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The Big Kahuna   B-

Lions Gate Films

Year Released: 2000
MPAA Rating: R
Director: John Swanbeck
Writer: Roger Rueff (based on his play)
Cast: Kevin Spacey, Danny DeVito, Peter Facinelli.

Review by Rob Vaux

After winning an Oscar for his outstanding turn in American Beauty, it seems only natural for Kevin Spacey to go back to his theatrical roots. Based on the play Hospitality Suite, The Big Kahuna joins earlier Spacey projects such as Glengarry Glen Ross and Hurlyburly as a transfer from stage to screen. Changing mediums this way contains its own risks: the limited confines and dialogue-driven plots of theater can easily stumble against the unlimited visual potential of film. Unfortunately, The Big Kahuna suffers somewhat during the switch, but thanks to Spacey -- and some help from Danny DeVito -- it still makes the most of the opportunity.

Filmed in only 16 days on a microscopic budget, The Big Kahuna takes place almost entirely in a single hotel room: the hospitality suite overlooking beautiful downtown Wichita. There a pair of industrial lubricant salesmen, Phil (DeVito) and Larry (Spacey), have gathered to snare the title character: a company president who represents their biggest potential sale in decades. They've brought along a young technical advisor named Bob (Peter Facinelli) as window dressing, unaware of how important he will become.

As the drama proceeds -- more through a series of conversations than any concrete action -- it's clear that Larry desperately wants to land the account. He turns his vicious wit onto every perceived shortcoming -- the room, the view, the hors d'oeuvres -- while his colleagues try to calm him down. Phil, on the other hand, stays very quiet. He's going through a divorce and a lifetime of woes is slowly getting to him. Neither he nor Larry give the slightest thought to Bob, the young rookie who doesn't quite know how to handle himself. But beneath his bright-eyed confusion, Bob has a pious religious streak, a fact which the trio must ultimately rely on to land the big account.

In telling this story, The Big Kahuna clearly displays its theatrical origins. The action takes place over the course of a single evening, and we rarely move beyond the confines of the one hotel room. In fact, there's only four speaking parts in the entire film. All of this leads to a very "canned theater" feeling which works to The Big Kahuna's detriment. We're left with a drawn-out character study rather than a real film, punctuated by extended periods of dialogue and a lot of tight close-ups. Larry's gunfire wit comes across more like clever screenwriting than genuine character, and the monologues smack of dramatic artifice. Granted, the dialogue is quite sharp and engaging, but unadorned as it is, it never really escapes its origins. On stage, this material probably plays like gangbusters; here, it feels like a wasted opportunity.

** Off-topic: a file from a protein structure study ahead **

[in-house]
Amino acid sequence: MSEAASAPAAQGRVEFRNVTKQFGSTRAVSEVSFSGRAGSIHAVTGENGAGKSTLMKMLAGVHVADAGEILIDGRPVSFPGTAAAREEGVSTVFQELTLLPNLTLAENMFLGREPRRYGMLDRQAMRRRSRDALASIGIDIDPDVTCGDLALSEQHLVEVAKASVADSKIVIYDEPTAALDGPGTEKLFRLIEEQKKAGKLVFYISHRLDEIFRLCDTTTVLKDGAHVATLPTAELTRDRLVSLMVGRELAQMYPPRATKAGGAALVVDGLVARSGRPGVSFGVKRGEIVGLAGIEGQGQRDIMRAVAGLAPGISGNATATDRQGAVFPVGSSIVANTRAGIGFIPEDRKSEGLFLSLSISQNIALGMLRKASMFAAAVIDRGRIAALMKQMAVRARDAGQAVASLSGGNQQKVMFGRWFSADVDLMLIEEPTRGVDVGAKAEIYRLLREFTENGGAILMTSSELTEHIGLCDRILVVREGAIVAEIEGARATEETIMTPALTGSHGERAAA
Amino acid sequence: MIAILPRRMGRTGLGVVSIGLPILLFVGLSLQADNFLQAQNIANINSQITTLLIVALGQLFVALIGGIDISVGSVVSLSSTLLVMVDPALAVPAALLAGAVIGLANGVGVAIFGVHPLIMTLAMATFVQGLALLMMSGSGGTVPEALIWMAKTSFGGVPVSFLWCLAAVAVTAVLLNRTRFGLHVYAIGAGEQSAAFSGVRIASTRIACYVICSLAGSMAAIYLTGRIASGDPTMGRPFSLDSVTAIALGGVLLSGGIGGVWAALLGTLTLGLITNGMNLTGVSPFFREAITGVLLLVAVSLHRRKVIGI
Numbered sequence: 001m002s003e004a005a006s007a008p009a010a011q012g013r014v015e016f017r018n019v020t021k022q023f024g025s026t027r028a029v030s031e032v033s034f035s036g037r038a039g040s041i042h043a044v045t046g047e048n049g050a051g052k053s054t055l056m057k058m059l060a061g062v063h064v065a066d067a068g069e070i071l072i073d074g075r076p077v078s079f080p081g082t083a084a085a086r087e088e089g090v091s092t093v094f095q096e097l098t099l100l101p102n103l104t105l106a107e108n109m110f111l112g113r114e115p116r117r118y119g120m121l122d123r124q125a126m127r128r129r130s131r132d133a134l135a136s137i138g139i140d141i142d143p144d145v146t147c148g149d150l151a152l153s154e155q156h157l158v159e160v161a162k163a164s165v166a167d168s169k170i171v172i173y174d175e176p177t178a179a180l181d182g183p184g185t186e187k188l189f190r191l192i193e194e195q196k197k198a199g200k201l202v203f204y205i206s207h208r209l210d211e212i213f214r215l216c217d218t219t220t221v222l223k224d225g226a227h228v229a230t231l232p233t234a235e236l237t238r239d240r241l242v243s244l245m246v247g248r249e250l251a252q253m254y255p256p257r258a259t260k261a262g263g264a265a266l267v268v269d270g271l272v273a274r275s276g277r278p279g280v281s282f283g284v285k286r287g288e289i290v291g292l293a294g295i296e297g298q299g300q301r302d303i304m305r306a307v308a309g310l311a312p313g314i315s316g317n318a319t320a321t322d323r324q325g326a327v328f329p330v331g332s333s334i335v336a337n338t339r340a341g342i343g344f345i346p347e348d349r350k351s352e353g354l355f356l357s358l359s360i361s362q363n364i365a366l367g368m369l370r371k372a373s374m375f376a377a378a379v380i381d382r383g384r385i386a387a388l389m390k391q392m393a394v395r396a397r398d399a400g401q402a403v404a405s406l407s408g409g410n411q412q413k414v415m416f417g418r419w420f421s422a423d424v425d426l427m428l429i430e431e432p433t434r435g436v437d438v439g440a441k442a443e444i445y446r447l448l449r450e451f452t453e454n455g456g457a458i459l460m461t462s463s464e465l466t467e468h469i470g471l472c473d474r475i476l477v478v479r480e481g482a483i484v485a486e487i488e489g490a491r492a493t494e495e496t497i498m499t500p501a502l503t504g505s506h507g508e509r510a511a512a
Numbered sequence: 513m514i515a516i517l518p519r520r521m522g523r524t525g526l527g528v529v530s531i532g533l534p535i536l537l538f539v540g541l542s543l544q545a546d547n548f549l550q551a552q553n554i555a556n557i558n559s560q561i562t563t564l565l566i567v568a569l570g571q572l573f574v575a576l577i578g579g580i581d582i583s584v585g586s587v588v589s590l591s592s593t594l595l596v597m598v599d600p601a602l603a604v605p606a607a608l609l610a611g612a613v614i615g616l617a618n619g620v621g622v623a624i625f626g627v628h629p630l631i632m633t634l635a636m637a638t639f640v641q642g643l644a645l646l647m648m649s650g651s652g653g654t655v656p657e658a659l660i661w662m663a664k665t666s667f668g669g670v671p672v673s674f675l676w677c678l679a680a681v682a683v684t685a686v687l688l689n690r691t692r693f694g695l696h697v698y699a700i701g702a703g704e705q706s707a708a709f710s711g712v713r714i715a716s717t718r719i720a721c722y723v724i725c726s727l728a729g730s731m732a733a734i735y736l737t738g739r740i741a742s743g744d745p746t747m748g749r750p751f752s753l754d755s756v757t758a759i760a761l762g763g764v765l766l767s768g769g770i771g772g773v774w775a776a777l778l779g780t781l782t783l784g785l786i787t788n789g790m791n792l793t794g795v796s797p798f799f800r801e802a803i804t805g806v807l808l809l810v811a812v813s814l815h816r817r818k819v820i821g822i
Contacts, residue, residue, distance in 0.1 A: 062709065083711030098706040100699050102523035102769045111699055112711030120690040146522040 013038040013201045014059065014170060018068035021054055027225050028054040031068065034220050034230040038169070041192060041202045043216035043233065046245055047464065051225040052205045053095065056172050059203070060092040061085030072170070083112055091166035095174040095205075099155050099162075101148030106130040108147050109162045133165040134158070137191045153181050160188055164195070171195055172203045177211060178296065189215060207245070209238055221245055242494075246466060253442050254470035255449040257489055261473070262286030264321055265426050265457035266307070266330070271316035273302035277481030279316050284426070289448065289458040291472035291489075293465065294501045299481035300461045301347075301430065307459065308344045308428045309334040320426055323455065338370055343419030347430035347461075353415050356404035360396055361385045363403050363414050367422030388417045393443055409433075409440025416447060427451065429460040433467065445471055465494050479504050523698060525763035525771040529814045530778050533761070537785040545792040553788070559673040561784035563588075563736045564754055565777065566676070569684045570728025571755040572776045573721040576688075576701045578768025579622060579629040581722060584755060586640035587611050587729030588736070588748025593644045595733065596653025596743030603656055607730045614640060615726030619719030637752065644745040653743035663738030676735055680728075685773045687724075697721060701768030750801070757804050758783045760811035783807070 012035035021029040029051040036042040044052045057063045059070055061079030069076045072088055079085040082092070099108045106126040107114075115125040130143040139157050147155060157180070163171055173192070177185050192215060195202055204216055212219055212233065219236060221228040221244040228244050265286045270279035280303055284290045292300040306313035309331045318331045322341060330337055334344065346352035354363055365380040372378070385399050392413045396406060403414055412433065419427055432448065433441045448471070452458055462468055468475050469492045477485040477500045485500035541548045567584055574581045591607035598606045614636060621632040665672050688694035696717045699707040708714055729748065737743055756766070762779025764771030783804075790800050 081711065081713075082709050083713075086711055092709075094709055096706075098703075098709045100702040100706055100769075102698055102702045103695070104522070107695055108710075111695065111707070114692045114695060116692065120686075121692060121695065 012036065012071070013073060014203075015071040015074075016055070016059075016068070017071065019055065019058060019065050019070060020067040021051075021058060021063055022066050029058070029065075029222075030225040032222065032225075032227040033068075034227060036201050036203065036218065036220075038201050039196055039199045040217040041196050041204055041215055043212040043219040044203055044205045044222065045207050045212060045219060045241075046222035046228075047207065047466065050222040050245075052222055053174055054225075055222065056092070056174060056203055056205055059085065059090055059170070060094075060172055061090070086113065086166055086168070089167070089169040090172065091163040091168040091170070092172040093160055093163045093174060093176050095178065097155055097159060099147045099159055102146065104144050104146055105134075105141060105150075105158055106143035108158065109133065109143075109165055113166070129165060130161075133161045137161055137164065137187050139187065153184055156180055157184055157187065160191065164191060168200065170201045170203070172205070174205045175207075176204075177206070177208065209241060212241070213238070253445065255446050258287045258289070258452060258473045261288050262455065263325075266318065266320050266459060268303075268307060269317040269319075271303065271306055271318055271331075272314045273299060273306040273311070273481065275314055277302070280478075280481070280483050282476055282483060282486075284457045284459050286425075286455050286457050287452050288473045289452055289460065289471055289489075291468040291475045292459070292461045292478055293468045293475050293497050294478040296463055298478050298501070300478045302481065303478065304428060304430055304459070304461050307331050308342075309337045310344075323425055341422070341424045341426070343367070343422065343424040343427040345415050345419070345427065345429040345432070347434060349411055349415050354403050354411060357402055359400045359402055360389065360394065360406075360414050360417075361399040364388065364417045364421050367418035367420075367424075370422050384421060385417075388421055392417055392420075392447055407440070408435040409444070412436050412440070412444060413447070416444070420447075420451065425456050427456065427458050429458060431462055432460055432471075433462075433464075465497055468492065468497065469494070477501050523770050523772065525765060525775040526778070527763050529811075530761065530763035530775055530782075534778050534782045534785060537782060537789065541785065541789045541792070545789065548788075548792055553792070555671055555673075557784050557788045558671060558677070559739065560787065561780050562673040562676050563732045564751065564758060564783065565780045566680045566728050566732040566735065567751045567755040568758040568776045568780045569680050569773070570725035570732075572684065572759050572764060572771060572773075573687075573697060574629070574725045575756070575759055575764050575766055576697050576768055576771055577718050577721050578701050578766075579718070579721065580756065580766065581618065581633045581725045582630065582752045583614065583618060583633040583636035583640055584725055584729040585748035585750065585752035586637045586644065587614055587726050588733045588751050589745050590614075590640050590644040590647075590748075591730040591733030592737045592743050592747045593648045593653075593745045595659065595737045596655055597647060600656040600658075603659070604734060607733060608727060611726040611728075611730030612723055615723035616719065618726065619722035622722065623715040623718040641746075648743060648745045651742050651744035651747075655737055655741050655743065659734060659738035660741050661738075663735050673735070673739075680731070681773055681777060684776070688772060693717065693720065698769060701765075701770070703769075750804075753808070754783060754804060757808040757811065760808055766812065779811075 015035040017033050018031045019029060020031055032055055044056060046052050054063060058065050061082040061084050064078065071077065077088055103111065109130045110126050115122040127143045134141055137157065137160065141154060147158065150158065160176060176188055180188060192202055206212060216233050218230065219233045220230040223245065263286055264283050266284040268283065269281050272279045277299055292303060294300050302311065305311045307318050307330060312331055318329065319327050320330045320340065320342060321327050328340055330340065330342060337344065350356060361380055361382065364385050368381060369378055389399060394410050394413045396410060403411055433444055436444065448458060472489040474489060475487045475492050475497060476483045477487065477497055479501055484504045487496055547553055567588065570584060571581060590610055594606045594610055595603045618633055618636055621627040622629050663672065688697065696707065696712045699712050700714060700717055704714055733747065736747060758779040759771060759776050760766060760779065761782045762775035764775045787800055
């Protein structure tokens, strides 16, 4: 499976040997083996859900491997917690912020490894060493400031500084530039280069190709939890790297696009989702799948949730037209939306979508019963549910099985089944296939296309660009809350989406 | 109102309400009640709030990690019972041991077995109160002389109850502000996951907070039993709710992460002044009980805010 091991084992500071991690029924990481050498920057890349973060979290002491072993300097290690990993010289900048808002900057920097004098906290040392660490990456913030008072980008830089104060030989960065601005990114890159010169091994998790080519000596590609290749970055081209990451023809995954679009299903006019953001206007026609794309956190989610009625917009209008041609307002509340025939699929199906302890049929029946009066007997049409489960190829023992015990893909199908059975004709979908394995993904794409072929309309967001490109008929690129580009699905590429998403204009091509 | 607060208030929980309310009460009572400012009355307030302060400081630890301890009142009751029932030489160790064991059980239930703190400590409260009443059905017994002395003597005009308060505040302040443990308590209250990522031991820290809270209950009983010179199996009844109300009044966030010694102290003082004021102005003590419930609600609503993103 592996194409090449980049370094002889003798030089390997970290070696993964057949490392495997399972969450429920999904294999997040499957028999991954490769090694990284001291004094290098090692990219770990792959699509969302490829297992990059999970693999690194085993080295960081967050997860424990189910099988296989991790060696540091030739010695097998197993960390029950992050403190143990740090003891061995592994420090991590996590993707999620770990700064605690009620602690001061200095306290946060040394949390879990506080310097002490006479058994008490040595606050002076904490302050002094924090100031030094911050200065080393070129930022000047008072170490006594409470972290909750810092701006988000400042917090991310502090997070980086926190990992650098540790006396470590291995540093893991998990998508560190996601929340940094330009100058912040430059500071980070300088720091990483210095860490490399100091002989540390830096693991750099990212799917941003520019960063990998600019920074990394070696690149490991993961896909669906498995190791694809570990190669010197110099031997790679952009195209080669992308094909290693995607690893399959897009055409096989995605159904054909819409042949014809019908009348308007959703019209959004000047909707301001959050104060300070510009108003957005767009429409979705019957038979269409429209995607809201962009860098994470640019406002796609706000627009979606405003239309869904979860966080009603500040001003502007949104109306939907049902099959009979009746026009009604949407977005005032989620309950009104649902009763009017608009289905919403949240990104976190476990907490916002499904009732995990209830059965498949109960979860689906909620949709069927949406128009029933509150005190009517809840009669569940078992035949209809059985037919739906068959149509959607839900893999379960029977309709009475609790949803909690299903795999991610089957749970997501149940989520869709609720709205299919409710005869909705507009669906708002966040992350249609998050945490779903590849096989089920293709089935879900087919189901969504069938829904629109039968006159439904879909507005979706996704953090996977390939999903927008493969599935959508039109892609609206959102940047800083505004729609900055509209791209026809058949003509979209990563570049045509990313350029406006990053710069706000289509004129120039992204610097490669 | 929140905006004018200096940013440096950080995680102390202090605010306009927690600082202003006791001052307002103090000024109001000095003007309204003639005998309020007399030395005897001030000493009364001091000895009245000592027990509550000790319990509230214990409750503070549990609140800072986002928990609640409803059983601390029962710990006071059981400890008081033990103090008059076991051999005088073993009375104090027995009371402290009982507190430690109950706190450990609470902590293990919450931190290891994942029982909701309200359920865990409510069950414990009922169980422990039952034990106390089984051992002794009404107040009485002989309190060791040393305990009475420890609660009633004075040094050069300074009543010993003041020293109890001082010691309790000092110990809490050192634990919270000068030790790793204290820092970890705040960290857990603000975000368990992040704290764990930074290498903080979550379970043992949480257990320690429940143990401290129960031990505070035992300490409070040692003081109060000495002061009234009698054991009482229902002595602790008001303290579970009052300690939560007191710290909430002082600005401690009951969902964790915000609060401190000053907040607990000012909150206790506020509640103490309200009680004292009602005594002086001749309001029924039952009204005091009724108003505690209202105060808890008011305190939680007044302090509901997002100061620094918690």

It falls to the actors, then, to salvage this production, and in them The Big Kahuna finds its saving grace. Spacey's performance is electric, reminding the viewer why he's won two Oscars. He infuses Larry with some real humanity beneath the bombastic cynicism: we see the desperation in his vicious complaints and the genuinely good-hearted man hiding behind them. He finds a strong match in DeVito, who underplays his role with quiet effectiveness. Phil has learned to roll with life's punches and while he's clearly struggling with his inner demons, he's ready to accept the things he can't change. Newcomer Facinelli completes the trio admirably, and while he doesn't have to do as much, his earnestness provides some pivotal drama during the movie's climactic moment. Together the three of them bring some much-needed depth to The Big Kahuna, helping us to forget the raw artifice that we're watching.

Considering the low budget and short production schedule, it's hard to fault this film too much. There's nothing actively wrong with The Big Kahuna, it simply feels more appropriate at a community theater rather than the local multiplex. Some things just aren't meant to be filmed. It's lucky to have a strong foundation in Spacey and his co-stars. One shudders to think where it would have been without them. As it is, The Big Kahuna can boast some strong performances and material good enough to facilitate them. That it probably would work better elsewhere is less an active fault than a forlorn regret.

Review published 05.05.2000.

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